Electric vehicles are becoming more and more common on our roads due to political and environmental pressures, not to mention the public’s need to save money on fuel. With technology moving at a faster pace, what was once a rare concept now has to have a large proportion of consumers and hybrid luxury cars in the mainstream.
It is not difficult to see the complaint. The standard hybrid technology is able to improve the fuel efficiency of various vehicles – from saloons to SUVs, rear hatchbacks and heavy sports cars. Reducing CO2 emissions is another benefit so there is a limit to pure electricity flow if you notice your right foot at city speed. Hybrids also make great sense for private buyers who travel miles or less to cities, as well as users who want to reduce the company’s car tax taxes. Plug-in hybrids (PHEVs) need regular connections to deliver their best but can only provide a real electric range of 30 miles or more.
How to choose the best hybrid car
Choosing a hybrid car of any kind with a different power-allowed approach should not be a big step that many would be afraid of. As with any new car purchase, it makes sense to check your annual mileage and consider what you will use your car for. If you are a low-mile driver, the cost of using a standard petrol hybrid may be a reasonable alternative to gasoline or a diesel car, but if you plan to drive small distances, standard diesel or diesel hybrid may make financial sense.
The plug-in E-Class keeps everything we love about the standard car – a quiet refinement, smooth ride and a well-equipped cabinet – but it has a fuel economy figure and a huge Benefit-in-Kind subsidy. Share plug-in powertrains similar to the C-Class PHEV, so the fuel option is ideal for short-term normal travel (it will cover about 30 miles in electric power only), while diesel-hybrid is a sensible option for those that cover great miles, and the only thing you can choose if you want a body style of heritage.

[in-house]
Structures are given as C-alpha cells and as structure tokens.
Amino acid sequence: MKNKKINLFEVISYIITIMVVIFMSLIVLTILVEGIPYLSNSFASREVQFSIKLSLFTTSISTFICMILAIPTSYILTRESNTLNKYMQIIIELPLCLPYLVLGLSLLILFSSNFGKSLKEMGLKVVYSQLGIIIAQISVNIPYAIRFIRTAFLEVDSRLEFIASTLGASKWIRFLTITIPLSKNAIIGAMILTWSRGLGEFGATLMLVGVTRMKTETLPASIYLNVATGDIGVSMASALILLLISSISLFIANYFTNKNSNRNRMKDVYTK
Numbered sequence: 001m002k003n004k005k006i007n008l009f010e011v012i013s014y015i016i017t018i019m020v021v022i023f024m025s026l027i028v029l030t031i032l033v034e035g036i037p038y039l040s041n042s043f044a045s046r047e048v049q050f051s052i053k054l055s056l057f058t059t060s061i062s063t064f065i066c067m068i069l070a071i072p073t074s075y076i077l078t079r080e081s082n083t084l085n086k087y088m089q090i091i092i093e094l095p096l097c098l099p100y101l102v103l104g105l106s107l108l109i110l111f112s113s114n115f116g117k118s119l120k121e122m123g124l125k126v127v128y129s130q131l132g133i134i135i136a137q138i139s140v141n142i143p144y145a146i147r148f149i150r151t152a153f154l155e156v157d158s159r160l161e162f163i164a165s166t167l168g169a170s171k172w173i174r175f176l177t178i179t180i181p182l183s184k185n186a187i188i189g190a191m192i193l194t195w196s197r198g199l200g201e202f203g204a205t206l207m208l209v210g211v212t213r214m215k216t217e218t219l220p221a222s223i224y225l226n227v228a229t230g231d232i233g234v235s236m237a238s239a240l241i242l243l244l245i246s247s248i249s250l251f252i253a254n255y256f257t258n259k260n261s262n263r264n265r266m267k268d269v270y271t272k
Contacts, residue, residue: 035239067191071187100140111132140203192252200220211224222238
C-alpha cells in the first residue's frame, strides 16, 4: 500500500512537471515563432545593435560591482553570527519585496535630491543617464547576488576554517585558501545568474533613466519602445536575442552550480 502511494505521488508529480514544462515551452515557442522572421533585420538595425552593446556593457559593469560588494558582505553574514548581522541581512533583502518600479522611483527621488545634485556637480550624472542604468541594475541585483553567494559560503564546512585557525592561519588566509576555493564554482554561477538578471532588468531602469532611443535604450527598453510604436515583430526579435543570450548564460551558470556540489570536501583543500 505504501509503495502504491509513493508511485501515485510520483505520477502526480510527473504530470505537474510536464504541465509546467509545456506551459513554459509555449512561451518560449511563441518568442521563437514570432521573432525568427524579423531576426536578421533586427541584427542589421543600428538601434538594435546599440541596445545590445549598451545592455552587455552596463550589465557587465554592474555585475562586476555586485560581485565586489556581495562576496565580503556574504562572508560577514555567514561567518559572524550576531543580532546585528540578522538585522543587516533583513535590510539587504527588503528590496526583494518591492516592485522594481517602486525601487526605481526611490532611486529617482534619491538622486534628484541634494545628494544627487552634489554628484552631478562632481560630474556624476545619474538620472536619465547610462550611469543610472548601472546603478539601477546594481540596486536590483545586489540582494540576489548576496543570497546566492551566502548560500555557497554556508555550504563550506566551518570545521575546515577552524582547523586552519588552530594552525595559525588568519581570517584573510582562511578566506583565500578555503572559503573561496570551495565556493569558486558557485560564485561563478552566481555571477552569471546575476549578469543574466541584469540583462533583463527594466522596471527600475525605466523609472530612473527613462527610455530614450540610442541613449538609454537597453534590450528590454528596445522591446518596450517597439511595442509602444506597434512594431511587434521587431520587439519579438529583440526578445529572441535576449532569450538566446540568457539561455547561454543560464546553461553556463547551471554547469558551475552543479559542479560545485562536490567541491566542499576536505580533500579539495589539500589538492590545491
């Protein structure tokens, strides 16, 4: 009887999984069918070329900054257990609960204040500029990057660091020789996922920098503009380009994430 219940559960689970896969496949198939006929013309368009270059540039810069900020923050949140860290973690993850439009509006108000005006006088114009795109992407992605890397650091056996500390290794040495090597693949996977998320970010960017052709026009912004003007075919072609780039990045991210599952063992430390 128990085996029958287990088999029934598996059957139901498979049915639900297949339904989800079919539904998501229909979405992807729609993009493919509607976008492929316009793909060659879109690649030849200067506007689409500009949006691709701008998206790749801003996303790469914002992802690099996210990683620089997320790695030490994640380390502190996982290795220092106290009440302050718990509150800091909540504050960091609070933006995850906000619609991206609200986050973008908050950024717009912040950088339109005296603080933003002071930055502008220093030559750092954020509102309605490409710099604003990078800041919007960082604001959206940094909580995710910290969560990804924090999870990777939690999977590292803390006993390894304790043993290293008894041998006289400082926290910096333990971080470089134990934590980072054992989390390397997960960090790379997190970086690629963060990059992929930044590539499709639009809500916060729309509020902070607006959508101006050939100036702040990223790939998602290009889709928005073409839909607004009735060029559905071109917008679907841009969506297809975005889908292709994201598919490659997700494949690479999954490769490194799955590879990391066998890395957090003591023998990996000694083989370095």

Like its Prius that comes with one place at the bottom of the list, the Corolla is empowered by Toyota ‘to charge its hybrid technology for petrol and electricity. The British-built bump is supplied with 1.8 and 2.0-litre models, both of which simply switch between their two power sources and use a car gasoline engine to charge the battery. The continuous flexible transmission (CVT) replaces the traditional automatic gearbox and this aids in using the power of the drivetrain.
Unlike other models, the Prius Plug-In has a very different look to the self-charging hybrid model. Beauty is in the eye of the beholder, but Plug-In may offer a more attractive look to other buyers. Undoubtedly its talent, however, as the current statistics suggest. Its 8.8kWh battery takes about four hours to charge from the home socket or two and a half hours from the wall box.
Hyundai Ioniq PHEV
The Ioniq Plug-In sits between a basic hybrid version and a completely electric model, so it represents something of a standing gap between the two. The recent facelift has added a touch of style to the Ioniq, but this is always a visual family car aimed at those looking to reduce fuel costs. The electric car only improves 59bhp, so the performance is enough rather than enjoyable, but by working hard around the city at low speeds, the Ioniq is overpowered. The ride is comfortable and the 443 litre boot is decent, too.
Skoda Superb iV
For years, Skoda Superb has delivered an attractive combination of space, functionality and flexibility, and the iV plug-in plug adds lower running costs to the mix. Skoda says the latest figures are between 149 and 217mpg, but as with PHEVs, that is a number that will vary greatly depending on how often you charge. In our experience, a
There is now a huge choice of hybrid cars to choose from with every manufacturer jumping on the bandwagon and producing a top-class range of hybrids. Use our list of the best hybrid cars on the market to make your choice. Do some additional research and find the car that meets all your needs.